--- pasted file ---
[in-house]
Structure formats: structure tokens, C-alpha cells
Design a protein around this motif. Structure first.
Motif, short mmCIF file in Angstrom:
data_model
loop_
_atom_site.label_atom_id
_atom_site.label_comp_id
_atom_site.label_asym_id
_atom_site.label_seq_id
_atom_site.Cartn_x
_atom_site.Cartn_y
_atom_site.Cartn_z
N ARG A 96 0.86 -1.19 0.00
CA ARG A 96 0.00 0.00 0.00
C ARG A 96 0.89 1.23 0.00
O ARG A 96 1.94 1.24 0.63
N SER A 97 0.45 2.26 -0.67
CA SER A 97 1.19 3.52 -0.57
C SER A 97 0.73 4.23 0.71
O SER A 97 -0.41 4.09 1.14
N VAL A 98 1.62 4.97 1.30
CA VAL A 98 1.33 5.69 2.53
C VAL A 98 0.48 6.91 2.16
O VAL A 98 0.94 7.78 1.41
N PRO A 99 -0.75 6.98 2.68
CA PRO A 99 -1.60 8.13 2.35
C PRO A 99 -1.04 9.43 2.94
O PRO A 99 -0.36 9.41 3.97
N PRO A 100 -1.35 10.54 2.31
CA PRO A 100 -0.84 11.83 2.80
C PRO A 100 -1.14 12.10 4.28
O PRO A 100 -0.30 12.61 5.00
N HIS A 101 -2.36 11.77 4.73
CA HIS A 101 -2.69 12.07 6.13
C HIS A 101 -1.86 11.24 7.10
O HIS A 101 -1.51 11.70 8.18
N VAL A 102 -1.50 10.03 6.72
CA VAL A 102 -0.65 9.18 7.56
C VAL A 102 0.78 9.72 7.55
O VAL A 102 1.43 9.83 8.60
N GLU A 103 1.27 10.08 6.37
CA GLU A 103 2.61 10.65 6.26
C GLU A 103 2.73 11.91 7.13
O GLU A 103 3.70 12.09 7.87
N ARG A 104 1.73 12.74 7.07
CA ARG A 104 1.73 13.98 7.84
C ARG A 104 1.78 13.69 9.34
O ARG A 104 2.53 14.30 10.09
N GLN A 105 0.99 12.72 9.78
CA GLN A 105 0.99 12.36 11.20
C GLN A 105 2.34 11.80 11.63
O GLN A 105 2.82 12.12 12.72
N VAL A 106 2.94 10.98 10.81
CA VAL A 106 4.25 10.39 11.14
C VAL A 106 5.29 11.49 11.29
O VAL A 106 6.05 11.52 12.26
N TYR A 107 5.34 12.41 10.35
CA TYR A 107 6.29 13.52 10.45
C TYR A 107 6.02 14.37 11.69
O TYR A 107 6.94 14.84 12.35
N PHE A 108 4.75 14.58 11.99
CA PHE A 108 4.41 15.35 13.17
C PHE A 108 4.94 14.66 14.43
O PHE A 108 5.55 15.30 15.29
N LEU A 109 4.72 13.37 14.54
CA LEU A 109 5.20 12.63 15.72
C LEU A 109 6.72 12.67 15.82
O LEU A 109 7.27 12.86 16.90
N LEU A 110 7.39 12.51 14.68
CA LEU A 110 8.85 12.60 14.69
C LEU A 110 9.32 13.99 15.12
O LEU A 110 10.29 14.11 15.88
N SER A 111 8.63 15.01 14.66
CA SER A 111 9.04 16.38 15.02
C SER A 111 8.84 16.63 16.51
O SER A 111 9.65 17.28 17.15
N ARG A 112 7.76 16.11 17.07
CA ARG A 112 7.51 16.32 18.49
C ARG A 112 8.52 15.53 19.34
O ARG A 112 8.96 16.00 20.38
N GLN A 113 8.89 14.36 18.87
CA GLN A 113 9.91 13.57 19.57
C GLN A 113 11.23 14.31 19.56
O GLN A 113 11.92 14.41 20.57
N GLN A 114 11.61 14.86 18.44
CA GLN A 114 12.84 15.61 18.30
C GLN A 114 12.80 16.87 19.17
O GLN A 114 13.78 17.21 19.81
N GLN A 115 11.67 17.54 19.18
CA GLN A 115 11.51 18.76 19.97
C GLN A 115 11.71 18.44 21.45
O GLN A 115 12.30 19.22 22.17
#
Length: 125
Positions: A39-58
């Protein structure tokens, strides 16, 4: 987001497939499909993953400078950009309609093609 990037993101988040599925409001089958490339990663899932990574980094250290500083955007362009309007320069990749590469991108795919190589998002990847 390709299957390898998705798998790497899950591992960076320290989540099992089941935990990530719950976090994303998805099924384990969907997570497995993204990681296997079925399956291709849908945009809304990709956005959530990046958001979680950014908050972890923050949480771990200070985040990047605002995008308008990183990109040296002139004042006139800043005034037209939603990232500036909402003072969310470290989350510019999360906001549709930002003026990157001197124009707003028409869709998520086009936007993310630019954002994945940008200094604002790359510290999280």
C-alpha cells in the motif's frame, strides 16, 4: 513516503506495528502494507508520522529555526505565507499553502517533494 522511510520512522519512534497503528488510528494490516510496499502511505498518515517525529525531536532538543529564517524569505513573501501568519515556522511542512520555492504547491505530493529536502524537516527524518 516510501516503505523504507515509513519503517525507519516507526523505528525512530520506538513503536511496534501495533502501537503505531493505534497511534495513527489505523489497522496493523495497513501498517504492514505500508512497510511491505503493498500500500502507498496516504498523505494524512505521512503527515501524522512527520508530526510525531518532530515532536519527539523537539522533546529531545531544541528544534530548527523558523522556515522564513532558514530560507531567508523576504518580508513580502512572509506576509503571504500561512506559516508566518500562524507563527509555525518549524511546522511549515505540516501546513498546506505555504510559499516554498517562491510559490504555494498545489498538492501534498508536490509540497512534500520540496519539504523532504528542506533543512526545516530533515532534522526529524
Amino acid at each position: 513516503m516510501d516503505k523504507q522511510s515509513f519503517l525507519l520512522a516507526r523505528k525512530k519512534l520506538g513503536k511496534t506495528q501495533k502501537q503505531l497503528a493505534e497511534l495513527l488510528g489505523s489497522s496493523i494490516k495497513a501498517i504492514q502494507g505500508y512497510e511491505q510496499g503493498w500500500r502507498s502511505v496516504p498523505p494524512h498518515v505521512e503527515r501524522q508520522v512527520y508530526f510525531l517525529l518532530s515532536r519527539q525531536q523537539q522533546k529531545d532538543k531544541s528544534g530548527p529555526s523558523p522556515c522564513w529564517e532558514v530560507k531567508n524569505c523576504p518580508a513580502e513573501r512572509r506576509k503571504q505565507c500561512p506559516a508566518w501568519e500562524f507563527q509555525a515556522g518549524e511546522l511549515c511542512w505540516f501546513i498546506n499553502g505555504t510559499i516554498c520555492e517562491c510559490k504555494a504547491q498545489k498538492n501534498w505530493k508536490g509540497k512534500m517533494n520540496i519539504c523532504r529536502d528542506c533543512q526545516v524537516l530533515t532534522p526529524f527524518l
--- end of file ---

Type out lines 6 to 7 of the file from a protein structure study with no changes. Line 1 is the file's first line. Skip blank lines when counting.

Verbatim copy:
loop_
_atom_site.label_atom_id